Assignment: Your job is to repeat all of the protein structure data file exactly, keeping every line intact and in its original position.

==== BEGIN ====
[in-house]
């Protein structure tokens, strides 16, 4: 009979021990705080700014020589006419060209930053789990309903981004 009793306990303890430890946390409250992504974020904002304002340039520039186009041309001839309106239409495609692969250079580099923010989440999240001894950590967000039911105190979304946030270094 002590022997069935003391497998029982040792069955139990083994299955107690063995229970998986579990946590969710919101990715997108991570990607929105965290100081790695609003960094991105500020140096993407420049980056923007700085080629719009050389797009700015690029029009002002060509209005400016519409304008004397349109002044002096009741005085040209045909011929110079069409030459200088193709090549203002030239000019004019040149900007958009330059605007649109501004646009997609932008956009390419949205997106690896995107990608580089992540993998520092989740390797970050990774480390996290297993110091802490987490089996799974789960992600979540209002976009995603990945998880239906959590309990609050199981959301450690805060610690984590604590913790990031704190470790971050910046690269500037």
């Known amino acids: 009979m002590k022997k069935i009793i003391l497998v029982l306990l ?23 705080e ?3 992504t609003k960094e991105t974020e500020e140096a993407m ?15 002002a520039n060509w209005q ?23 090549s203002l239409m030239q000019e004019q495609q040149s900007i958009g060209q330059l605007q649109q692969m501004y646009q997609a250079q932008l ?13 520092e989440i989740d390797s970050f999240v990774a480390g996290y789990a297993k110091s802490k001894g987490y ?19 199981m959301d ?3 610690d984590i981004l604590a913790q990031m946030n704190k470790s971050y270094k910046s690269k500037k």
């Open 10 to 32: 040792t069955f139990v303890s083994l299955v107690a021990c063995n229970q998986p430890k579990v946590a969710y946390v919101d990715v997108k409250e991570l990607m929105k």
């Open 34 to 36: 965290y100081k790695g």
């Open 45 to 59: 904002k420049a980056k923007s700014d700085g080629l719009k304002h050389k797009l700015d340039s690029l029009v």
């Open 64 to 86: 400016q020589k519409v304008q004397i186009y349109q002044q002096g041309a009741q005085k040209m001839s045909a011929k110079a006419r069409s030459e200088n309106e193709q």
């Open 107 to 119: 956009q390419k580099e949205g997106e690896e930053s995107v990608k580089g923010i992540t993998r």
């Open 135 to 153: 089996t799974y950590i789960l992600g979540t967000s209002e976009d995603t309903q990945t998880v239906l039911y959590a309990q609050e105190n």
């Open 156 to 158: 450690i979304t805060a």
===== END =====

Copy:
[in-house]
């Protein structure tokens, strides 16, 4: 009979021990705080700014020589006419060209930053789990309903981004 009793306990303890430890946390409250992504974020904002304002340039520039186009041309001839309106239409495609692969250079580099923010989440999240001894950590967000039911105190979304946030270094 002590022997069935003391497998029982040792069955139990083994299955107690063995229970998986579990946590969710919101990715997108991570990607929105965290100081790695609003960094991105500020140096993407420049980056923007700085080629719009050389797009700015690029029009002002060509209005400016519409304008004397349109002044002096009741005085040209045909011929110079069409030459200088193709090549203002030239000019004019040149900007958009330059605007649109501004646009997609932008956009390419949205997106690896995107990608580089992540993998520092989740390797970050990774480390996290297993110091802490987490089996799974789960992600979540209002976009995603990945998880239906959590309990609050199981959301450690805060610690984590604590913790990031704190470790971050910046690269500037």
């Known amino acids: 009979m002590k022997k069935i009793i003391l497998v029982l306990l ?23 705080e ?3 992504t609003k960094e991105t974020e500020e140096a993407m ?15 002002a520039n060509w209005q ?23 090549s203002l239409m030239q000019e004019q495609q040149s900007i958009g060209q330059l605007q649109q692969m501004y646009q997609a250079q932008l ?13 520092e989440i989740d390797s970050f999240v990774a480390g996290y789990a297993k110091s802490k001894g987490y ?19 199981m959301d ?3 610690d984590i981004l604590a913790q990031m946030n704190k470790s971050y270094k910046s690269k500037k």
């Open 10 to 32: 040792t069955f139990v303890s083994l299955v107690a021990c063995n229970q998986p430890k579990v946590a969710y946390v919101d990715v997108k409250e991570l990607m929105k």
């Open 34 to 36: 965290y100081k790695g």
């Open 45 to 59: 904002k420049a980056k923007s700014d700085g080629l719009k304002h050389k797009l700015d340039s690029l029009v």
């Open 64 to 86: 400016q020589k519409v304008q004397i186009y349109q002044q002096g041309a009741q005085k040209m001839s045909a011929k110079a006419r069409s030459e200088n309106e193709q």
């Open 107 to 119: 956009q390419k580099e949205g997106e690896e930053s995107v990608k580089g923010i992540t993998r």
């Open 135 to 153: 089996t799974y950590i789960l992600g979540t967000s209002e976009d995603t309903q990945t998880v239906l039911y959590a309990q609050e105190n």
């Open 156 to 158: 450690i979304t805060a």